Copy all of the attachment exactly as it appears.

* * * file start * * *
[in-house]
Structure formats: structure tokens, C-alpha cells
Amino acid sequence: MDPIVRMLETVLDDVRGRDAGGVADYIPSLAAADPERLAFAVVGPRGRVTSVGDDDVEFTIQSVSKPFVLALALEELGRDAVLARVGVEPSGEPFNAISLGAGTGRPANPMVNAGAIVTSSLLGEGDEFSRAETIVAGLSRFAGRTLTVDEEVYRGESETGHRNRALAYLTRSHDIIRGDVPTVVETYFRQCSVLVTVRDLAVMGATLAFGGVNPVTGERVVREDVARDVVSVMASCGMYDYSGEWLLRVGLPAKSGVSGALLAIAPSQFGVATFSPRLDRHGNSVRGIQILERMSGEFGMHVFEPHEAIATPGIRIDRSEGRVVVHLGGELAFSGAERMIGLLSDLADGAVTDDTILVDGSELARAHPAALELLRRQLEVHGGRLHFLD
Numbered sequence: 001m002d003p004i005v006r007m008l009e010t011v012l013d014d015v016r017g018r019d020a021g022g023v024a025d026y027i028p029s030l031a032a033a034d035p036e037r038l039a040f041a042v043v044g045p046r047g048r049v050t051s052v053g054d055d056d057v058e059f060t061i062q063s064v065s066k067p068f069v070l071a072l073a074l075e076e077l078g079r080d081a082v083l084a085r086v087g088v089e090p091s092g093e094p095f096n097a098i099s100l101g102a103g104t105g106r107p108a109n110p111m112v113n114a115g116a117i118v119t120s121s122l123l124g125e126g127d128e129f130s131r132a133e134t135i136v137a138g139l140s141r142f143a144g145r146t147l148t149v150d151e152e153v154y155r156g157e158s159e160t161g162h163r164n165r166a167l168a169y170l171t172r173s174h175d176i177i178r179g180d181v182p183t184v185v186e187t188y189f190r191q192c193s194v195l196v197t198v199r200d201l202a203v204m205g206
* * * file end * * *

[in-house]
Structure formats: structure tokens, C-alpha cells
Amino acid sequence: MDPIVRMLETVLDDVRGRDAGGVADYIPSLAAADPERLAFAVVGPRGRVTSVGDDDVEFTIQSVSKPFVLALALEELGRDAVLARVGVEPSGEPFNAISLGAGTGRPANPMVNAGAIVTSSLLGEGDEFSRAETIVAGLSRFAGRTLTVDEEVYRGESETGHRNRALAYLTRSHDIIRGDVPTVVETYFRQCSVLVTVRDLAVMGATLAFGGVNPVTGERVVREDVARDVVSVMASCGMYDYSGEWLLRVGLPAKSGVSGALLAIAPSQFGVATFSPRLDRHGNSVRGIQILERMSGEFGMHVFEPHEAIATPGIRIDRSEGRVVVHLGGELAFSGAERMIGLLSDLADGAVTDDTILVDGSELARAHPAALELLRRQLEVHGGRLHFLD
Numbered sequence: 001m002d003p004i005v006r007m008l009e010t011v012l013d014d015v016r017g018r019d020a021g022g023v024a025d026y027i028p029s030l031a032a033a034d035p036e037r038l039a040f041a042v043v044g045p046r047g048r049v050t051s052v053g054d055d056d057v058e059f060t061i062q063s064v065s066k067p068f069v070l071a072l073a074l075e076e077l078g079r080d081a082v083l084a085r086v087g088v089e090p091s092g093e094p095f096n097a098i099s100l101g102a103g104t105g106r107p108a109n110p111m112v113n114a115g116a117i118v119t120s121s122l123l124g125e126g127d128e129f130s131r132a133e134t135i136v137a138g139l140s141r142f143a144g145r146t147l148t149v150d151e152e153v154y155r156g157e158s159e160t161g162h163r164n165r166a167l168a169y170l171t172r173s174h175d176i177i178r179g180d181v182p183t184v185v186e187t188y189f190r191q192c193s194v195l196v197t198v199r200d201l202a203v204m205g206